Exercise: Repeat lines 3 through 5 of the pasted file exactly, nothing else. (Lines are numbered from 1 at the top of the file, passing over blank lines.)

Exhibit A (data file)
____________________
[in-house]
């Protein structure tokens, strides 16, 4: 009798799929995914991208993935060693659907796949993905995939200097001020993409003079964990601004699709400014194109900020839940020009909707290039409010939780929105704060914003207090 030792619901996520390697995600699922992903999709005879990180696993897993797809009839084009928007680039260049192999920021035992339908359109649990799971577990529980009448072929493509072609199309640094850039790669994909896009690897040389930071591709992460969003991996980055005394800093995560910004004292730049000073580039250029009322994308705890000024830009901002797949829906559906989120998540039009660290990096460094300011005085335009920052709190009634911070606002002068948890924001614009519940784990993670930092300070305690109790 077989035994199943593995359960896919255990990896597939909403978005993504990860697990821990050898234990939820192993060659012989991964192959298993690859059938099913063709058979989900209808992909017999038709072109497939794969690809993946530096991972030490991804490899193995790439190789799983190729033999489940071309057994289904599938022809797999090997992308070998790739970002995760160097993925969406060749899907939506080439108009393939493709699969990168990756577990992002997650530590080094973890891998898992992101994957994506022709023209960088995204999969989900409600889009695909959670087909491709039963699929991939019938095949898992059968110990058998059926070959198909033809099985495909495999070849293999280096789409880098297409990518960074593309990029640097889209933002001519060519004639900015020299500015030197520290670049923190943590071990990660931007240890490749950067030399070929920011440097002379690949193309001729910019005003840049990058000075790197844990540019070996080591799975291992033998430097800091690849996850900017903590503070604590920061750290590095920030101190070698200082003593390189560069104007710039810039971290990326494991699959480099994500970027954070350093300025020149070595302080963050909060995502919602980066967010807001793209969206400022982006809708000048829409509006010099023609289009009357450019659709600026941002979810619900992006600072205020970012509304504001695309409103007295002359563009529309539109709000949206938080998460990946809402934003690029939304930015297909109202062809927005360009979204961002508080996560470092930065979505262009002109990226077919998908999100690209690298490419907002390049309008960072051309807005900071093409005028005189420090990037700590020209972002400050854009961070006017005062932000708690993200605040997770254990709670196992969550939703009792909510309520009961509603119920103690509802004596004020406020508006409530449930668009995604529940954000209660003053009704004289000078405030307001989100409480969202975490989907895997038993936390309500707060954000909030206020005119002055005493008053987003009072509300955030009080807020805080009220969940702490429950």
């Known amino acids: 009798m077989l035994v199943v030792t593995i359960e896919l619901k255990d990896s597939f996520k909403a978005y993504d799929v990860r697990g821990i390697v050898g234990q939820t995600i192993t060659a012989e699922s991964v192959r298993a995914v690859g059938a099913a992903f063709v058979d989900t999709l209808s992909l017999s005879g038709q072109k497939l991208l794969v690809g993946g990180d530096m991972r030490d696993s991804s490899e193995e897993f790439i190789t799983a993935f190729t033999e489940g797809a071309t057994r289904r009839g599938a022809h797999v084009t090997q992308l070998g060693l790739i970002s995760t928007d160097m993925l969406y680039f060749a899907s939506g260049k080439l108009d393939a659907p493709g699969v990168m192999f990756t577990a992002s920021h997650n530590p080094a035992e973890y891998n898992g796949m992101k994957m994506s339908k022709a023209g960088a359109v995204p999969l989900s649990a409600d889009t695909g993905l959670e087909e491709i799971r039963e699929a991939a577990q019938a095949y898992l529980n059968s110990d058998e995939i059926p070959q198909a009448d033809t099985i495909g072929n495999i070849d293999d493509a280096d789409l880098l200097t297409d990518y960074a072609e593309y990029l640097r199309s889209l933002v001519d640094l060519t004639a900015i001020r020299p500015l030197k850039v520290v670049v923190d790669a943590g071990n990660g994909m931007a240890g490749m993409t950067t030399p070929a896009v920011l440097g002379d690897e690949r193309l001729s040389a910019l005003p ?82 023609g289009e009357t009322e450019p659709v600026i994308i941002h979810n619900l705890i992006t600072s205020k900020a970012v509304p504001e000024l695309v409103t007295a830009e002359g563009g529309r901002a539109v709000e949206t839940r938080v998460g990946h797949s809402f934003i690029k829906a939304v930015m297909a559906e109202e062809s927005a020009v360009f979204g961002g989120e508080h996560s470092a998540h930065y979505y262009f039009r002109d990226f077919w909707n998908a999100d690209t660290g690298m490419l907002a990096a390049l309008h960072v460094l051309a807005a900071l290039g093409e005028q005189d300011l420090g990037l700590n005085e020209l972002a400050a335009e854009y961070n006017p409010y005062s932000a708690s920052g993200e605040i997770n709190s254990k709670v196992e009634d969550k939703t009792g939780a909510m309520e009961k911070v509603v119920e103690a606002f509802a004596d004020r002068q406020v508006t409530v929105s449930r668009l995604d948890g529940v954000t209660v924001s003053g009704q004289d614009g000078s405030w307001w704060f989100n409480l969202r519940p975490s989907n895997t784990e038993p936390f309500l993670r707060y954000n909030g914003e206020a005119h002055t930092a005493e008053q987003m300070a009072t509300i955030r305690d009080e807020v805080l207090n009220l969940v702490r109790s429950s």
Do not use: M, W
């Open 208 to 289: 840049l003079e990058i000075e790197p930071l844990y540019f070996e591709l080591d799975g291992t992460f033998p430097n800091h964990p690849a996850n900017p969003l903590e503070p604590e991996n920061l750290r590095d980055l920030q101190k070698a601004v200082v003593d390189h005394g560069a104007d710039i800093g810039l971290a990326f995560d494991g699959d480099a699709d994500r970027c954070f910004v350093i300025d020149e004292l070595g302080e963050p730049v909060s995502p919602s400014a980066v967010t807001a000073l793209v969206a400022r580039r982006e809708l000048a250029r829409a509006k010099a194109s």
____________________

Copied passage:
């Known amino acids: 009798m077989l035994v199943v030792t593995i359960e896919l619901k255990d990896s597939f996520k909403a978005y993504d799929v990860r697990g821990i390697v050898g234990q939820t995600i192993t060659a012989e699922s991964v192959r298993a995914v690859g059938a099913a992903f063709v058979d989900t999709l209808s992909l017999s005879g038709q072109k497939l991208l794969v690809g993946g990180d530096m991972r030490d696993s991804s490899e193995e897993f790439i190789t799983a993935f190729t033999e489940g797809a071309t057994r289904r009839g599938a022809h797999v084009t090997q992308l070998g060693l790739i970002s995760t928007d160097m993925l969406y680039f060749a899907s939506g260049k080439l108009d393939a659907p493709g699969v990168m192999f990756t577990a992002s920021h997650n530590p080094a035992e973890y891998n898992g796949m992101k994957m994506s339908k022709a023209g960088a359109v995204p999969l989900s649990a409600d889009t695909g993905l959670e087909e491709i799971r039963e699929a991939a577990q019938a095949y898992l529980n059968s110990d058998e995939i059926p070959q198909a009448d033809t099985i495909g072929n495999i070849d293999d493509a280096d789409l880098l200097t297409d990518y960074a072609e593309y990029l640097r199309s889209l933002v001519d640094l060519t004639a900015i001020r020299p500015l030197k850039v520290v670049v923190d790669a943590g071990n990660g994909m931007a240890g490749m993409t950067t030399p070929a896009v920011l440097g002379d690897e690949r193309l001729s040389a910019l005003p ?82 023609g289009e009357t009322e450019p659709v600026i994308i941002h979810n619900l705890i992006t600072s205020k900020a970012v509304p504001e000024l695309v409103t007295a830009e002359g563009g529309r901002a539109v709000e949206t839940r938080v998460g990946h797949s809402f934003i690029k829906a939304v930015m297909a559906e109202e062809s927005a020009v360009f979204g961002g989120e508080h996560s470092a998540h930065y979505y262009f039009r002109d990226f077919w909707n998908a999100d690209t660290g690298m490419l907002a990096a390049l309008h960072v460094l051309a807005a900071l290039g093409e005028q005189d300011l420090g990037l700590n005085e020209l972002a400050a335009e854009y961070n006017p409010y005062s932000a708690s920052g993200e605040i997770n709190s254990k709670v196992e009634d969550k939703t009792g939780a909510m309520e009961k911070v509603v119920e103690a606002f509802a004596d004020r002068q406020v508006t409530v929105s449930r668009l995604d948890g529940v954000t209660v924001s003053g009704q004289d614009g000078s405030w307001w704060f989100n409480l969202r519940p975490s989907n895997t784990e038993p936390f309500l993670r707060y954000n909030g914003e206020a005119h002055t930092a005493e008053q987003m300070a009072t509300i955030r305690d009080e807020v805080l207090n009220l969940v702490r109790s429950s």
Do not use: M, W
């Open 208 to 289: 840049l003079e990058i000075e790197p930071l844990y540019f070996e591709l080591d799975g291992t992460f033998p430097n800091h964990p690849a996850n900017p969003l903590e503070p604590e991996n920061l750290r590095d980055l920030q101190k070698a601004v200082v003593d390189h005394g560069a104007d710039i800093g810039l971290a990326f995560d494991g699959d480099a699709d994500r970027c954070f910004v350093i300025d020149e004292l070595g302080e963050p730049v909060s995502p919602s400014a980066v967010t807001a000073l793209v969206a400022r580039r982006e809708l000048a250029r829409a509006k010099a194109s």